The unfortunate part of what goes on behind-the-scenes is that it doesn’t need to be this hard for either the property staff or the occupant. As my colleague asked, ”Why would anyone design it this way when it can be so much smoother and more enjoyable?”
True integration is hard but it’s worth it. When various software systems are integrated effectively, property managers and occupants only need to have one account to access all of the connected technology in the building. And by connected I mean more than just providing hyperlinks from one technology to another.
This is a dirty secret in our industry: many companies claim that they have integrated multiple technologies, when in reality they are offering a link out to another software system that requires a separate login and interface. Linking out is not integration. Anyone who tells you otherwise is marketing something they can’t or won’t do. More critically, they’re not actually addressing property managers’ and occupants’ pain points – and they certainly aren’t automating anything or improving efficiency.
Automation is a very important but often overlooked part of a good integration. Automation removes double (or triple or quadruple) data entry and, thus, becomes the one and only system a user needs to login to and interface with. Achieving this level of automation through integration is hard, but with all of the hard work happening in the background, all the user experiences is magic as they move seamlessly within the platform to book a conference room, submit a service request, or send a visitor pass to their friend. This is what Rise does and it’s how we save time for building staff and ensures a better experience for the occupant.
At Rise, we do a lot and we think we’re pretty good at it. But there are specialist pieces of software that do things our system can’t. That’s why we partner and truly integrate with best-in-class technologies to deliver everything a building needs. For this reason, although we’re often asked how Rise can be better at something when it does so much versus a company that only does one thing, the answer is simple. We don’t do a bit of everything “good enough,” we do everything better than the others because our partner ecosystem is made up of industry leaders, and our partners’ systems are integrated through Rise. By virtue of integrating deeply, we provide a seamless experience for staff and occupants – which makes us better than unintegrated products. It’s why we have properties that see a 95%+ engagement rate (check out our case study!).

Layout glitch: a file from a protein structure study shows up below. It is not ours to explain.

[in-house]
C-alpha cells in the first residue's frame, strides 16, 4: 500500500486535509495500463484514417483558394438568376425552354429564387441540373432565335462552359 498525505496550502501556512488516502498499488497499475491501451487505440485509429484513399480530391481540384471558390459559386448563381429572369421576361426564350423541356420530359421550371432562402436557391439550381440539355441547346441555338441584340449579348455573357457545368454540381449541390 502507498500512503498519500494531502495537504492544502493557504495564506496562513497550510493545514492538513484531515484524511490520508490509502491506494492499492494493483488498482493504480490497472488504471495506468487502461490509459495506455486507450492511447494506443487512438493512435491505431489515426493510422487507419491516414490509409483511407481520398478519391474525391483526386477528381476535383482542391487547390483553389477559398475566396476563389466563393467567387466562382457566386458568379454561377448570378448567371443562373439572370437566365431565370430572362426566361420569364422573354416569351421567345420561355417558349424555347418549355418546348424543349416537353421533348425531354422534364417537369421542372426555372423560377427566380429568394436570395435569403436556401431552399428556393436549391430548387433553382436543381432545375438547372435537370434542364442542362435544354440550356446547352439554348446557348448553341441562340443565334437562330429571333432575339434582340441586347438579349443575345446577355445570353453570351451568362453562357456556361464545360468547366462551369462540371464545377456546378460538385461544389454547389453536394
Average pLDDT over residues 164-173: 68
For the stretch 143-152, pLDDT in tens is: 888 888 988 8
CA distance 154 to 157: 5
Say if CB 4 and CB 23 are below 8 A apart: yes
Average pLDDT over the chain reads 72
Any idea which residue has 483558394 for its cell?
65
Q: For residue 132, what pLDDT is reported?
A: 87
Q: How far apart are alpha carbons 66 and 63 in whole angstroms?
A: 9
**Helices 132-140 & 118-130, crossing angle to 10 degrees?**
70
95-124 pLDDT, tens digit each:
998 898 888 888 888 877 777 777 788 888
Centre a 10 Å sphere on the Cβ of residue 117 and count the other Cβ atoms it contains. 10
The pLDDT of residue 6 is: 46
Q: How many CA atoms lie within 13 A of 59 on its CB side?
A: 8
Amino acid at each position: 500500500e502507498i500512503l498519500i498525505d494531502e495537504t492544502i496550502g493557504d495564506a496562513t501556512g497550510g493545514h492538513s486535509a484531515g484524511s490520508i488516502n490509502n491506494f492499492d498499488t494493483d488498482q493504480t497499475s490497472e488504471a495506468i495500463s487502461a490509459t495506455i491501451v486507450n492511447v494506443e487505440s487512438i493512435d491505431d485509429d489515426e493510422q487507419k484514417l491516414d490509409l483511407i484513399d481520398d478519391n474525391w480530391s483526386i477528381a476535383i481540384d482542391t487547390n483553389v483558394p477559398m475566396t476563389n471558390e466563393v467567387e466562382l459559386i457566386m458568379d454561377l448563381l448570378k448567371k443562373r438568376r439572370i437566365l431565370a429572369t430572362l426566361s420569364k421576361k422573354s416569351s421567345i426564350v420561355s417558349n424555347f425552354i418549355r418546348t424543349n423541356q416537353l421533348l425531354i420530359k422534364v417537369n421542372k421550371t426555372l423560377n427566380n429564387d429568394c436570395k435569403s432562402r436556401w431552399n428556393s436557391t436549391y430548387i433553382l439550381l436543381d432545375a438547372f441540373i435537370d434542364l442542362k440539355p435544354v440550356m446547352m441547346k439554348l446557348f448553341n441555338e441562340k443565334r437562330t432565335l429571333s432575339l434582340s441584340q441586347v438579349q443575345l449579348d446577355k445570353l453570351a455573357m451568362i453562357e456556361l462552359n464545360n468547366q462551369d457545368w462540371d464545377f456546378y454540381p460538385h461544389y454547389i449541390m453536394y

As a consequence, we have invested significant resources to building numerous deep integrations to provide the most value to our clients. Whether it be Yardi, Entrata, or RealPage for accounting, ASSA ABLOY or Salto Systems for residential access control, Luxer One or Parcel Pending for package lockers, CCure, Kastle Systems or Openpath for commercial access control, Lifestart or MindBody for fitness classes, and many more, our partners are experts in their respective categories in ways that make Rise better.
As Co-Founder and CTO of Rise Buildings, I know how hard integrations are and I’ve seen buildings thrive with a platform that actually automates and empowers operations and occupants. Don’t be fooled by marketing that promises integrations when the platform simply links to other software. Linking out is not integration, and you, your properties, and your occupants deserve the best.